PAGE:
Everyone has something that makes them light up. What makes you sparkle? Is it a cute puppy? A genuine smile? A random compliment from a stranger? Yeah - that energy - what is it for you and how can we maintain it?
I know how much I love it when I see puppies - my heart melts at their innocence and cuteness. It's the same warm feeling when someone smiles, happy to see me because I am welcomed in their world. Of course, when out of nowhere I get a, "Wow, love that dress on you - great color!" from a stranger; I stand up taller, feeling beautiful and I have a swagger in my step. All of these moments are awesome and if the world was made up of only rainbows and unicorns, we'd be living in a different reality. (Hmmm...how cool would that be?!) Do we really require someone else to make us sparkle?
Now imagine what the opposite of those examples brings up for you. A bad experience with an angry dog that snarls and bites leaves you shuddering, perhaps? How about a scowl of disapproval from Your Bestie for what you are wearing, doing, or being? Or, what does an unnecessarily rude comment from someone do to you? All of these examples kind of shrinks you into this small ball, right? Bye, bye sparkle.
Isn't it interesting that we allow others to manage our experiences? A person cannot function in both happiness (sparkle) and sadness at the same time. So, how do we stop the oscillating between both energies? What if we can always sparkle by knowing who we are on the inside? Guess what? We can. This means no one can take away our sparkle.
In my practice, I work with clients who have bought into a judgement that someone told them and it killed their sparkle. My job is to help clients change the lie into what's true for them. For example: "I can't wear skirts, my legs are ugly." My first questions are, "Is it true?" or "How do you know?" When I hear the story that created this opinion, I continue to ask questions until we get to the point where we can un-create this belief and step into what's true for that person. Usually this is when one person said something random about "ugly knees" and the client has believed that point of view is theirs.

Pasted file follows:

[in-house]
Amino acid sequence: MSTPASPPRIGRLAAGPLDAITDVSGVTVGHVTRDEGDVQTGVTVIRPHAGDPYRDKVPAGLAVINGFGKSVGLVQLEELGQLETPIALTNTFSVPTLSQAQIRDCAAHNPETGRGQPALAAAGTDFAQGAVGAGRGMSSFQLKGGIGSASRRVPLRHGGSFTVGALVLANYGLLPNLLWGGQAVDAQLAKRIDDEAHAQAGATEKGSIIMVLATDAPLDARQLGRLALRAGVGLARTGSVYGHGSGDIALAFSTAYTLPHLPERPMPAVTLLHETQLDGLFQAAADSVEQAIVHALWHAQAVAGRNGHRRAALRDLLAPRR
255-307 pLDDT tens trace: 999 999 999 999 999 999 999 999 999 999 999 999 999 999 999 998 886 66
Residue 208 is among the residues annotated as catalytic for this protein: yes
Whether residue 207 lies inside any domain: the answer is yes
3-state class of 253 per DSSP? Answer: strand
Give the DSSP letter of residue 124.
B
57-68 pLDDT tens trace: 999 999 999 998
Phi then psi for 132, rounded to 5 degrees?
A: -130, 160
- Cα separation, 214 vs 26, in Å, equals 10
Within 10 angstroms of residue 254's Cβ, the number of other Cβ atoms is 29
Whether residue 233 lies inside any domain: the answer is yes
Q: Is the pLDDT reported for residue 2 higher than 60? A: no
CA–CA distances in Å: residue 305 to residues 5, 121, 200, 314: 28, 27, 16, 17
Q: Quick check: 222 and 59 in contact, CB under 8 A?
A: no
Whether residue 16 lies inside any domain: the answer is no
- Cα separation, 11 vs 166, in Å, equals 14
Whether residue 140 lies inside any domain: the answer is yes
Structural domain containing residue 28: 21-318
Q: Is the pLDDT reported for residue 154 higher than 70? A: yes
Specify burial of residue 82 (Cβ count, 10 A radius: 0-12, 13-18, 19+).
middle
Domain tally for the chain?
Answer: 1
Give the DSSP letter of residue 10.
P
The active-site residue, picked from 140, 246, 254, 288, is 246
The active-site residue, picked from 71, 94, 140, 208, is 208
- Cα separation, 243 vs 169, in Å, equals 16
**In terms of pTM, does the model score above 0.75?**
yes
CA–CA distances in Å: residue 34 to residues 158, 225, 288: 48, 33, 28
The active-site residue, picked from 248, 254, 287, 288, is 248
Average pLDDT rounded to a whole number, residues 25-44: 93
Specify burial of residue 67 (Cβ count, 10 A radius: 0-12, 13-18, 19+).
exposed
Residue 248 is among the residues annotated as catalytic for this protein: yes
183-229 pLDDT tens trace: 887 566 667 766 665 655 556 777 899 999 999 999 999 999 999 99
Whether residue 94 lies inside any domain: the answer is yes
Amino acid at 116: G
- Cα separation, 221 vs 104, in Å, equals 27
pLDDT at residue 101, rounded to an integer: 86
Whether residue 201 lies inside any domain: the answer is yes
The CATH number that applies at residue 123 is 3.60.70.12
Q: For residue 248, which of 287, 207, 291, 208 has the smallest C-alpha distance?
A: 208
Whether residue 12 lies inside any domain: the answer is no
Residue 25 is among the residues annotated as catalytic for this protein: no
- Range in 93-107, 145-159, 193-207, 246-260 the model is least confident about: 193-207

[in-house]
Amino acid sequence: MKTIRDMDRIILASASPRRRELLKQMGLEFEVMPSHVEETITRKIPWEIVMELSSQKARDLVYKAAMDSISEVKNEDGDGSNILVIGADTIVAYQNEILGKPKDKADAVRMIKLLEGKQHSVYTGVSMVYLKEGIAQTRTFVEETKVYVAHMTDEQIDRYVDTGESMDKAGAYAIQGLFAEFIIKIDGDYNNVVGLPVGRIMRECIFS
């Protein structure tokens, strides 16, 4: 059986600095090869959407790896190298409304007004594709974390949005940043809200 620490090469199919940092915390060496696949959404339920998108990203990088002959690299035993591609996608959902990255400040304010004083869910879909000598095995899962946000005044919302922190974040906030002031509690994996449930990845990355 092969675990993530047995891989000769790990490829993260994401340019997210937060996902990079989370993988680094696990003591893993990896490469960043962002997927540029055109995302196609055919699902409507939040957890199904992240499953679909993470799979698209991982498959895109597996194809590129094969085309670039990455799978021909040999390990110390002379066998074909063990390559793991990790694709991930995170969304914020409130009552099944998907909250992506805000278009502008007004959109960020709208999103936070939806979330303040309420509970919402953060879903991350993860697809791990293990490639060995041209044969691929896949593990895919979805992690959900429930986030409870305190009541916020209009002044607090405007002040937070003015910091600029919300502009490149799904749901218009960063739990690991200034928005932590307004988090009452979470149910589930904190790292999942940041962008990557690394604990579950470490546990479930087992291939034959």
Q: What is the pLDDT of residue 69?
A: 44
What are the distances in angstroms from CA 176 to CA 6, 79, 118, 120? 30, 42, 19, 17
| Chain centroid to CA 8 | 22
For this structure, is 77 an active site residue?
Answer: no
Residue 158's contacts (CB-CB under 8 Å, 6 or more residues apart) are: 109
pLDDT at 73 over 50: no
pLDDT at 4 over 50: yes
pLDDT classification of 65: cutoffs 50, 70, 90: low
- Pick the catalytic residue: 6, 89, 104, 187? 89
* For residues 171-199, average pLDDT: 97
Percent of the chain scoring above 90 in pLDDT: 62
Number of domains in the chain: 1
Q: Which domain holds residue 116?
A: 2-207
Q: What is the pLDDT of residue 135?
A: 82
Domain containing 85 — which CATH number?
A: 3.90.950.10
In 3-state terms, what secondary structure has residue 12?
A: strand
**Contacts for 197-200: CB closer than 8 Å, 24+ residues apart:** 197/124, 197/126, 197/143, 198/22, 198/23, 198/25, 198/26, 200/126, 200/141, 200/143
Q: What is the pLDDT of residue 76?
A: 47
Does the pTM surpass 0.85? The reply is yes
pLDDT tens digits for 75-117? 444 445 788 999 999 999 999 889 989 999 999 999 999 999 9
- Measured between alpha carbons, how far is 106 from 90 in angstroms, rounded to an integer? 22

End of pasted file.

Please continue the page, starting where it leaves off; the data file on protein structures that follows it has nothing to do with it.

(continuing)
Kids in particular absorb everything they sense from adults and peers. Deep down kids really just want to please their parents and fit into this reality, so they accept what they are told as true. This is where a child's sparkle disappears. They bought the lie. Let's use my earlier example about the legs. The best way adults can support a child is to show them how to find awareness by asking questions. What do I mean? Well, perhaps you'd say something like, "Don't be silly, your legs are perfect! Who told you that?!" (These words are seemingly supportive and actually dismissive.) What if we ask, "Huh, interesting - is that true for you? What would it take to think differently about your body? Is there something I can do to help you with this?" Kids innately know what they need, so if you stay in question, you can support them in finding their own answer. Knowing and truth creates confidence. Ultimately, if kids learn to ask themselves questions, they can solve their own problems. You, mom and dad, have given your child the best gift of all - that's empowering, isn't it?
When we give kids the chance to figure it out on their own by teaching them the art of asking questions, we help them keep their sparkle. When we stay in question about things, other's judgements have no impact on our sparkle. When we sparkle from the inside, we can enjoy all the sparkle on the outside, too. And, those who try to stamp out our sparkle become nothing but a passing cloud in our day. Maybe someday the world WILL be made up of unicorns and rainbows...
One last thing: I just watched a lovely movie with Brie Larson on Netflix called, The Unicorn Store, which explores what makes you sparkle in this reality. If it resonates with you, check it out!